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Osteoporosis International

, Volume 15, Issue 4, pp 290–294 | Cite as

Comparison of the effects of calcium loading with calcium citrate or calcium carbonate on bone turnover in postmenopausal women

  • Anne M. Kenny
  • Karen M. Prestwood
  • Bradley Biskup
  • Bertha Robbins
  • Enid Zayas
  • Alison Kleppinger
  • Joseph A. Burleson
  • Lawrence G. Raisz
Original Article

Abstract

Calcium supplementation is known to increase bone mineral density and decrease fractures, but the relative efficacy of different forms of calcium supplementation is not established. We compared the effects of calcium carbonate and calcium citrate on markers of bone resorption in older postmenopausal women in an open-labeled crossover study. Forty women were randomized to receive 1000 mg/day of either calcium citrate or calcium carbonate for 12 weeks, followed by a 2-week washout without calcium supplements and 12 weeks treatment with the alternate calcium supplement. All women received vitamin D (900 IU/day). Thirty-four women (25 Caucasian, nine Hispanic) completed the study. No significant differences in the decrease in parathyroid hormone (PTH) or bone specific alkaline phosphatase or the increase in urinary calcium/creatinine were detected between the two treatments. However, calcium citrate supplementation decreased the collagen cross-link resorption markers, urinary N-telopeptide (−30%), C-telopeptide (−31%), free deoxypyridinoline (19%) and serum N-telopeptide (−8%), compared to no significant change following calcium carbonate supplementation (+2%, +3%, +2% and +2%, respectively; P<0.05). Calcium citrate decreased markers of bone resorption significantly more than calcium carbonate in postmenopausal women, although no differences in their effects in calcium excretion or PTH were detected.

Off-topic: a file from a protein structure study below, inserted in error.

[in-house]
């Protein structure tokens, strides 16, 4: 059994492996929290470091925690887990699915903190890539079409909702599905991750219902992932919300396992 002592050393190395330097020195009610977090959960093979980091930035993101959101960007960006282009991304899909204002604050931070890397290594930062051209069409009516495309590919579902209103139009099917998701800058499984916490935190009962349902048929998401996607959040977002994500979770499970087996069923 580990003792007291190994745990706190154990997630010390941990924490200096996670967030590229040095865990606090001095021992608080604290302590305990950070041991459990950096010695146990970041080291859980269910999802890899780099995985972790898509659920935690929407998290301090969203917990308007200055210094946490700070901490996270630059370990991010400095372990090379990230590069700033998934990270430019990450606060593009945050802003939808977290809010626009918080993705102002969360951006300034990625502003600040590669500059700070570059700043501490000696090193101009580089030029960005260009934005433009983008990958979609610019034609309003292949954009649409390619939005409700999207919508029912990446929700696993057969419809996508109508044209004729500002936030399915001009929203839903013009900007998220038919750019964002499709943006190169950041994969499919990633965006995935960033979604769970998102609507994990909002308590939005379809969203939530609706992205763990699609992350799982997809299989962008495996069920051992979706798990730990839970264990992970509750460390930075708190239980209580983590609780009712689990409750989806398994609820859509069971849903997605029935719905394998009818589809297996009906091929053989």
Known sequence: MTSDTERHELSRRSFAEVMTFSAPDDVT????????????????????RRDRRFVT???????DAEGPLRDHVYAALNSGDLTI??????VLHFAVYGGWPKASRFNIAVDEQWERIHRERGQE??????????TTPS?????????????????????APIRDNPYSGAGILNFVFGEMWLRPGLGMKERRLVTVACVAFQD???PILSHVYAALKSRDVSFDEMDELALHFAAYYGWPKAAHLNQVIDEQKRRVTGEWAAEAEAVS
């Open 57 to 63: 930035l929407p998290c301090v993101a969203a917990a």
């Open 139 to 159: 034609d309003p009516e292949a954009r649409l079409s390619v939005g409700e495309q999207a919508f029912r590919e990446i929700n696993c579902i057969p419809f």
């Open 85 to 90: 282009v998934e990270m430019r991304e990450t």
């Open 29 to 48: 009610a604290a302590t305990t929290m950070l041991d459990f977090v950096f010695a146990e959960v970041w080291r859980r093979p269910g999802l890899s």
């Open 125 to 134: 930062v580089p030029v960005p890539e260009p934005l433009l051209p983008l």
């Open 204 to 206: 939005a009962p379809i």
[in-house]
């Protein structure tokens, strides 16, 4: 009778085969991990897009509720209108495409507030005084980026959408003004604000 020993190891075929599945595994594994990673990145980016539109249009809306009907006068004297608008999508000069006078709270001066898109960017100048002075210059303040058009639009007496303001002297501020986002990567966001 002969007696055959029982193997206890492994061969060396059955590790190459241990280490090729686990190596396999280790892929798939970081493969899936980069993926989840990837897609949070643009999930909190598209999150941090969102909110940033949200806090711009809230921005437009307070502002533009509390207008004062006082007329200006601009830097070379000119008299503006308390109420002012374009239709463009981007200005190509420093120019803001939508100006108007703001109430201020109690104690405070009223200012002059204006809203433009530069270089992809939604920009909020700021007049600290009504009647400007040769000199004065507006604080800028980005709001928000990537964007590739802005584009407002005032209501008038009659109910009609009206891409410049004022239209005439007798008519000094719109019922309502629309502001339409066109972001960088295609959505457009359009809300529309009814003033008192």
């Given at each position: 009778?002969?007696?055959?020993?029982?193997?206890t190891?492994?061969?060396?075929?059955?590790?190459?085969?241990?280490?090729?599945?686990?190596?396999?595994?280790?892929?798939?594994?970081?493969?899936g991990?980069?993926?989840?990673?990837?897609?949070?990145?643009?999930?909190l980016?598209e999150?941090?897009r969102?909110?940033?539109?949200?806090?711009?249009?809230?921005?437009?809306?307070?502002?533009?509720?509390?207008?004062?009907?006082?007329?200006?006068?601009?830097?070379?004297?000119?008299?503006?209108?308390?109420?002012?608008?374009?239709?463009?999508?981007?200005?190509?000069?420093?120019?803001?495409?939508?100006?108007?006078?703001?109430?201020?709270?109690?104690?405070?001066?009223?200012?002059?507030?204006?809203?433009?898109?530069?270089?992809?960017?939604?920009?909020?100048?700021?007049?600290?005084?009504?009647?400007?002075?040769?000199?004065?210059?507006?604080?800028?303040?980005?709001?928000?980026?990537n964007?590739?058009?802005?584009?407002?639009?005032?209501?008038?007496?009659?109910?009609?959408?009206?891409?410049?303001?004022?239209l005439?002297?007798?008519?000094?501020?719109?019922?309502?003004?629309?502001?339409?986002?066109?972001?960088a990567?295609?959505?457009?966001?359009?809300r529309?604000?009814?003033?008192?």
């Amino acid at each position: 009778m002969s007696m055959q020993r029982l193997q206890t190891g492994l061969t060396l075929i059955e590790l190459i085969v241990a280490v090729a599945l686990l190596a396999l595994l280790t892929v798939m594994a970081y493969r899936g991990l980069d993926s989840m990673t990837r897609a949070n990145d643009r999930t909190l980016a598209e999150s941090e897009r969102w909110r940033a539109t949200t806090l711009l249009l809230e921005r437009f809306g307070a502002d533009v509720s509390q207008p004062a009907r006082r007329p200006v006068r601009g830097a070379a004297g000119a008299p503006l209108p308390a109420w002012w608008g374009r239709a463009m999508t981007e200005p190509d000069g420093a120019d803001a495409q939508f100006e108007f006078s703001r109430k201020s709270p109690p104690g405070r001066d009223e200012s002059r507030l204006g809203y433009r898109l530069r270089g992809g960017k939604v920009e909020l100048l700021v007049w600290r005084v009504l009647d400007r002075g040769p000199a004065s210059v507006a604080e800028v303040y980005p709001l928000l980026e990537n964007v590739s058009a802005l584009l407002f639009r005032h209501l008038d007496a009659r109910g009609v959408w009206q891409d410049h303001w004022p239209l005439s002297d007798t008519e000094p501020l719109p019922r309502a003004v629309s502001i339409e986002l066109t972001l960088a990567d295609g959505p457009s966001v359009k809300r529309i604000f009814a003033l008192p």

Keywords

Calcium carbonate Calcium citrate Markers of bone formation Markers of bone resorption 

Notes

Acknowledgements

This work has been supported by the General Clinical Research Center (MO1-RR06192), Claude Pepper OAIC (5P60-AG13631) and Mission Pharmacal. Dr. Kenny has been supported by the Paul Beeson Faculty Scholar Program. In addition, we wish to thank Pamela Fall and Christine Abreu for assistance in the biochemical assays.

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Copyright information

© International Osteoporosis Foundation and National Osteoporosis Foundation 2004

Authors and Affiliations

  • Anne M. Kenny
    • 1
  • Karen M. Prestwood
    • 1
  • Bradley Biskup
    • 1
  • Bertha Robbins
    • 3
  • Enid Zayas
    • 1
  • Alison Kleppinger
    • 1
  • Joseph A. Burleson
    • 2
  • Lawrence G. Raisz
    • 3
  1. 1.Center on Aging, MC-5215University of Connecticut Health CenterFarmingtonUSA
  2. 2.Department of Community MedicineUniversity of Connecticut Health CenterFarmingtonUSA
  3. 3.Lowell P. Weicker General Clinical Research CenterUniversity of Connecticut Health CenterFarmingtonUSA

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